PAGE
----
2021 Finance and treasury technology and resources: Key success drivers amid ongoing pandemic uncertainties and post-election realities.
CFO Joel Campbell leads TreviPay’ financial and treasury operations, financial controls, statutory accounting, financial planning and analysis, and process improvement initiatives for the company’s 24 entities. We recently asked Campbell to look back on notable 2020 trends; here, we’ve asked him to look ahead to 2021 by highlighting finance and treasury developments that bear monitoring. Campbell identified four areas.
1. Pandemic and Political Risk on Capital Markets
Campbell points to potential COVID-19 flare-ups and the outcome of November’s elections as two high-level risks that will warrant attention in 2021. New coronavirus infections that trigger widespread shutdown measures could agitate debt capital markets and rekindle liquidity concerns that plagued companies in March and April. Regardless of how the federal elections play out, Campbell says that the outcome will have broad implications on tax policy, healthcare policy, government spending and business regulations over the long term. “The changes could be significant across numerous areas,” he notes, “and things could happen quickly, starting at the end of January and continuing throughout the first quarter. We should understand that these changes could be deep and swift.”
2. Digital Finance Transformation
Finance and treasury technology feature prominently among the many difficult business lessons doled out during the pandemic this year. Companies with advanced, cloud-based ERP systems, treasury management systems and related finance and accounting applications managed the shift to remote offices more effectively and efficiently than less digitally advanced organizations. “In order to manage liquidity when the next crisis materializes, companies need to have robust treasury technology in place and operational today,” says Campbell, who also mentions the value that advanced technologies offer in driving business agility and crisis management effectiveness. “Organizations are just starting to scratch the surface of what advanced technologies can do,” he notes. “This year we saw more companies use robotic process automation (RPA) to handle smaller, routine tasks in ways that delivered huge benefits to process and systems efficiency and to employee experience.”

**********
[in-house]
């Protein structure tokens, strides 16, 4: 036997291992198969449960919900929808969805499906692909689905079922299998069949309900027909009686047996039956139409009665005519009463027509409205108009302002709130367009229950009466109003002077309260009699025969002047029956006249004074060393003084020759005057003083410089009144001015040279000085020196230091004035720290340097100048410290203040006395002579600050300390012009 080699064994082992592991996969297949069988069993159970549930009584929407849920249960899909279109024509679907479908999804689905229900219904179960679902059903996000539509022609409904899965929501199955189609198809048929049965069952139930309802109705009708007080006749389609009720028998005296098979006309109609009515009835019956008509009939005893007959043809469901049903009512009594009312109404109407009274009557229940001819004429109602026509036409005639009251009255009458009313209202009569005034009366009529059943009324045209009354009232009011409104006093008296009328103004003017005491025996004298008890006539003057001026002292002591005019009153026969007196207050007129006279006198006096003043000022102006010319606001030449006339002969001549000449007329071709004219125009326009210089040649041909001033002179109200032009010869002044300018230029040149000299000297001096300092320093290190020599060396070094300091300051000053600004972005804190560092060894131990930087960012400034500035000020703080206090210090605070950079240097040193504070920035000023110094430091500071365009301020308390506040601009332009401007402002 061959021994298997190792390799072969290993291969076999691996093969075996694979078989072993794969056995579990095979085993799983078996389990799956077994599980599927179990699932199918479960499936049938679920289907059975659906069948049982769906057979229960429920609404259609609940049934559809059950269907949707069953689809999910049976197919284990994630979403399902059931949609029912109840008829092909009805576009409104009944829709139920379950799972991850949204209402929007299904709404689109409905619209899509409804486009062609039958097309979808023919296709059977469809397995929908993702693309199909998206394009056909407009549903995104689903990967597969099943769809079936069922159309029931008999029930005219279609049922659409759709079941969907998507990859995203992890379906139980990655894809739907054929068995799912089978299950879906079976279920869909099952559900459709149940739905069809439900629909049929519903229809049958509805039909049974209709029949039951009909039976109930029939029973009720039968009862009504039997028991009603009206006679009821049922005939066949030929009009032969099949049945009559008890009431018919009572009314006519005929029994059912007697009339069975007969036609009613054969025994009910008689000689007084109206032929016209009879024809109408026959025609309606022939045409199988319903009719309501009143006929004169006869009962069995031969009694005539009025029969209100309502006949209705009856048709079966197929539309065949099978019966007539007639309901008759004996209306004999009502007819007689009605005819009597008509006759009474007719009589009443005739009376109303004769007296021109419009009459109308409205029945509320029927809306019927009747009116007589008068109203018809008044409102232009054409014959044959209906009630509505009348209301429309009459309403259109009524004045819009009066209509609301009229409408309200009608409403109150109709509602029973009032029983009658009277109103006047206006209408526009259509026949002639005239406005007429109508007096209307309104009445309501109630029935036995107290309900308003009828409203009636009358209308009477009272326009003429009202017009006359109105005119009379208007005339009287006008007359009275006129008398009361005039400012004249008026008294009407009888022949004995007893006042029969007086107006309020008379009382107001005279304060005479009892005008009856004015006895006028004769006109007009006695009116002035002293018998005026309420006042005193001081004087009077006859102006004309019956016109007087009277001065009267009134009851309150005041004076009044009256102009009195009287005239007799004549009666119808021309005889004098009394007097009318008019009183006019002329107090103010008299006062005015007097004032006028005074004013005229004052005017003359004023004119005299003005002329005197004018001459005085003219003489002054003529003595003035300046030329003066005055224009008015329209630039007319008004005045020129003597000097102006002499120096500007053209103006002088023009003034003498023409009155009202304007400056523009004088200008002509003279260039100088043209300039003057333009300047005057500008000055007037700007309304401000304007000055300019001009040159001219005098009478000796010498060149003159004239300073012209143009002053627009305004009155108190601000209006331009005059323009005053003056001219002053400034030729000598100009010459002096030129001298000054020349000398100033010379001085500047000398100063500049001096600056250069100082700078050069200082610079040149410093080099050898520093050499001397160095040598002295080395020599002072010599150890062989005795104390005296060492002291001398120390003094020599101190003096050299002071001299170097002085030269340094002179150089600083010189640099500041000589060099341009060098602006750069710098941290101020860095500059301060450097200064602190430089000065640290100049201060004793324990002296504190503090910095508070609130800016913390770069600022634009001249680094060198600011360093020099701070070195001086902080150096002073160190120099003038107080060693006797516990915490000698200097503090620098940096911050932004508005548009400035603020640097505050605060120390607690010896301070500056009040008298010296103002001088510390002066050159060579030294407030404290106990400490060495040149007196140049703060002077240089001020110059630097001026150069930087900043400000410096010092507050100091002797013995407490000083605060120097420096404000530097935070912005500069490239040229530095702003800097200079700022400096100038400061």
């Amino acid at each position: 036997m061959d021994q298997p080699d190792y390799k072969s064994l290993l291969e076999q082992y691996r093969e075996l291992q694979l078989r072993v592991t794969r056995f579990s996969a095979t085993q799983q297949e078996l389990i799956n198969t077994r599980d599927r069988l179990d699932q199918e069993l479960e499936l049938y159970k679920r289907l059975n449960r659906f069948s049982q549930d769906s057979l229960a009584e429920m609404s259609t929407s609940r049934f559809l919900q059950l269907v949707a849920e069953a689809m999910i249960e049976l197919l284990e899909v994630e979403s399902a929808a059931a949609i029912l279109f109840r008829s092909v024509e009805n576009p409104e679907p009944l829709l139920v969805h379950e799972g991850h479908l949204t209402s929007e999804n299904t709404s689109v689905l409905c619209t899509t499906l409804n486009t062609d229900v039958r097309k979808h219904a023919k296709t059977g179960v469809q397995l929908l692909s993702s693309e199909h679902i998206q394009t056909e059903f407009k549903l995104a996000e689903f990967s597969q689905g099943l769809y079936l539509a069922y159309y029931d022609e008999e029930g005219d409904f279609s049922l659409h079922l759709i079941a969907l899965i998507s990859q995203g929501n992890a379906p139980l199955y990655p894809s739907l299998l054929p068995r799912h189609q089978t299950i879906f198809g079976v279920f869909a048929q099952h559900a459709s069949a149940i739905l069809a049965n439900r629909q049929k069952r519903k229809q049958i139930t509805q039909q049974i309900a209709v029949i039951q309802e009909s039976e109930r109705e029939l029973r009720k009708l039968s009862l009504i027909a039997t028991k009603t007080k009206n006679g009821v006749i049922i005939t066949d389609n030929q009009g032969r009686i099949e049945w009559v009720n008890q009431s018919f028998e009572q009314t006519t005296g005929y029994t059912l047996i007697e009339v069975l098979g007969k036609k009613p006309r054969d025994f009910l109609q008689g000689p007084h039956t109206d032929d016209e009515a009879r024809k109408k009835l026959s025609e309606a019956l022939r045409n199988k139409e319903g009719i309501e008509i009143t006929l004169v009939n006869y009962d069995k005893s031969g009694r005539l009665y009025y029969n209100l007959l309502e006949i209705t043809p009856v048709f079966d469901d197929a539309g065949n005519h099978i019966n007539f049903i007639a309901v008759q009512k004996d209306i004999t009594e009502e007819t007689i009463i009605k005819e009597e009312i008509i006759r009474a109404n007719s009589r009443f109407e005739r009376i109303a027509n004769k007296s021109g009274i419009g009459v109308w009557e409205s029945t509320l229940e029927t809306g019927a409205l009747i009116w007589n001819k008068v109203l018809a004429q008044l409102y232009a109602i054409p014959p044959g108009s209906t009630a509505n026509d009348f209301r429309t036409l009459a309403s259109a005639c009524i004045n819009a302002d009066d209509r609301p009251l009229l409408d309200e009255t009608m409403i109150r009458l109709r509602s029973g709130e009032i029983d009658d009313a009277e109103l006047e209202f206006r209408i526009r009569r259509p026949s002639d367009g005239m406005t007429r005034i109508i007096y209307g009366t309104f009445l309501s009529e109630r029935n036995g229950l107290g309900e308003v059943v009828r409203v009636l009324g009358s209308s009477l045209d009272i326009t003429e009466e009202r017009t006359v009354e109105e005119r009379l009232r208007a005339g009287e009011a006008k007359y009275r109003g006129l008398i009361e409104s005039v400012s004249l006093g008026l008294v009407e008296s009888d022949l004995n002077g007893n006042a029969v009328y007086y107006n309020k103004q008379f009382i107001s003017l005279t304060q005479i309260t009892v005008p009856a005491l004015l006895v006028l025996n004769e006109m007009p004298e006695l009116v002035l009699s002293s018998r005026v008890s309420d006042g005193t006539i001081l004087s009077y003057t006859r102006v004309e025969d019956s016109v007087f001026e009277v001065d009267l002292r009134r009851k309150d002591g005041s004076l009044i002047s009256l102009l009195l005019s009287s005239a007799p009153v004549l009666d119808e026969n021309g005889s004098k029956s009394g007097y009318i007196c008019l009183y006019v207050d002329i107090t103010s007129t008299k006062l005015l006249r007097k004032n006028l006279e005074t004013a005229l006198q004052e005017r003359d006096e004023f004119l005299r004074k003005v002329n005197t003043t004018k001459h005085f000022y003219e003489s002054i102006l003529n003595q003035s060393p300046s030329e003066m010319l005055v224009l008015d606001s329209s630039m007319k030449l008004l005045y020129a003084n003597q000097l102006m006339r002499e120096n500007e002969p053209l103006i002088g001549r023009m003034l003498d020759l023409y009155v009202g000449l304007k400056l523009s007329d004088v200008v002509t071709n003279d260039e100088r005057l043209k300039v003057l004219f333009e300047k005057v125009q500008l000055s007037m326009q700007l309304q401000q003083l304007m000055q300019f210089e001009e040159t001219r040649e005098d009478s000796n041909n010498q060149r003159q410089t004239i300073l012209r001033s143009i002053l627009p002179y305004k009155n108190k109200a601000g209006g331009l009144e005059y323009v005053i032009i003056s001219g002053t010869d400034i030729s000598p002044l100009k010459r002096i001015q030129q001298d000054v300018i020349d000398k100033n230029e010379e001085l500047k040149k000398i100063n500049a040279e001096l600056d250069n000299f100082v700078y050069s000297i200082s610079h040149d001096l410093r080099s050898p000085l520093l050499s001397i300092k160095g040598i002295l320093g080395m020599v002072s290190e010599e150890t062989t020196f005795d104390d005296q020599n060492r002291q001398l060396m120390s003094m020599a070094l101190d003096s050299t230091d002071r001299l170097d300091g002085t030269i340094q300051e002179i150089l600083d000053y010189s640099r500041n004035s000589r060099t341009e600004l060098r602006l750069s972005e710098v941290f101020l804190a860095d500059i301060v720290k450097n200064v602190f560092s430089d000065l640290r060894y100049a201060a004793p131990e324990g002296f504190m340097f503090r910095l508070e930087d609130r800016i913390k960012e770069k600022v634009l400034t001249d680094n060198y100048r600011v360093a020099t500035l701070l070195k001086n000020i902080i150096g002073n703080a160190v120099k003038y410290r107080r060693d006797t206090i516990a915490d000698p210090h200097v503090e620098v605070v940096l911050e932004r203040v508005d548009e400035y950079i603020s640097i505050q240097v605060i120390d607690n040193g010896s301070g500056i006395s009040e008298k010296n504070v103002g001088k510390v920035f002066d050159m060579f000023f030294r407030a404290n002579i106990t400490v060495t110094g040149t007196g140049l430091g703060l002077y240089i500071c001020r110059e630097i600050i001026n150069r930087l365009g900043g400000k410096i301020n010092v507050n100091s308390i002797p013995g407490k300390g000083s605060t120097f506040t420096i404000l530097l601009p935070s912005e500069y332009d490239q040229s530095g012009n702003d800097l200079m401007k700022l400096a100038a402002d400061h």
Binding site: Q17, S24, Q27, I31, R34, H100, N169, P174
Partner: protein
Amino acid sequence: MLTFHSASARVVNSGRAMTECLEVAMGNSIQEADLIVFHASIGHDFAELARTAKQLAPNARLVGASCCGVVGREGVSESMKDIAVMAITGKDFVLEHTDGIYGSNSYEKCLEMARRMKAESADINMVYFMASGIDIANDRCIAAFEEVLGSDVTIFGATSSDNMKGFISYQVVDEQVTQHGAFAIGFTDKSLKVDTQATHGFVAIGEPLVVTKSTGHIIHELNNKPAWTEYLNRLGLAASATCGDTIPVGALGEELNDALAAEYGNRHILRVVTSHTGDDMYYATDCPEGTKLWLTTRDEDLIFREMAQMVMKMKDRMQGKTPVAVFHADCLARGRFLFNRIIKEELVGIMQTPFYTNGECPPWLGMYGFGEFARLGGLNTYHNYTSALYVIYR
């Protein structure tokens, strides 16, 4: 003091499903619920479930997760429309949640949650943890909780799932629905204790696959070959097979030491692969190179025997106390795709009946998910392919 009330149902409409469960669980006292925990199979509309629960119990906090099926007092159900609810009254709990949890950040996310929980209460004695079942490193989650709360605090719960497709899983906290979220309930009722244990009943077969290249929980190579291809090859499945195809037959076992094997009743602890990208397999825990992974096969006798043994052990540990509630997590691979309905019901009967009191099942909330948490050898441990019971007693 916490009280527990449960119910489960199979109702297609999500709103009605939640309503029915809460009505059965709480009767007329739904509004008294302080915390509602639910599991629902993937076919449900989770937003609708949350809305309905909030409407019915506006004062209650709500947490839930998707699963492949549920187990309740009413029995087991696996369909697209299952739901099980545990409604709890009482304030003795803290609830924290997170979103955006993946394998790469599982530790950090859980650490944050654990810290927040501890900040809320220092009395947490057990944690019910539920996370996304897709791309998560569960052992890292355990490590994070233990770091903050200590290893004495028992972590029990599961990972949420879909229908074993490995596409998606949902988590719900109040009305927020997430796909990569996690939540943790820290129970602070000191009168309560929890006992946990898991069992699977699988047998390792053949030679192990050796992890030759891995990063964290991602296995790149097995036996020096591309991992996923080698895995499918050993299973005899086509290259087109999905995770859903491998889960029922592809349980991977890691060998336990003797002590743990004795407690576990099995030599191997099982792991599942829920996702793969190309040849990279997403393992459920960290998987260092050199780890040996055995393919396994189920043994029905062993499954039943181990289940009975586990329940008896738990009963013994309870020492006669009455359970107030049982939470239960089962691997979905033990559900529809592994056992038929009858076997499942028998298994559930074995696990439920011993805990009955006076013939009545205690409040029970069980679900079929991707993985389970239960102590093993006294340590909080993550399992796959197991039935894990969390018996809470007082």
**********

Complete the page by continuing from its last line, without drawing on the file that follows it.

3. Create and Expand Personal Balance Sheets
As remote working requirements remain in force and/or become permanent in many companies next year, traditional training and development approaches will need rethinking. Campbell encourages his team to maintain a personal balance sheet of skills and expertise. “That balance sheet should expand even when you’re working at home,” he notes. “In finance and treasury, that means honing core skills in cash management, financial planning and analysis, and external reporting. It also means understanding the new offerings that the banks are bringing to the table, like same-day ACH.”
4. Financial Leadership: Clarify the Big Picture
Campbell encourages leaders to ensure that their vision crosses the virtual divide in 2021. “People can lose sight of the big picture when they’re working from home and distractions arise,” he explains. “Sometimes, we’re looking at our computer screens with one eye on our pets, our family members, the lawn service or a troubling news report. It’s important to make sure your people feel connected to the purpose of the organization. They should know where the company is headed and understand the role they play in that journey. That context goes a long way toward helping people remain engaged and wanting to be part of a team that’s moving forward.”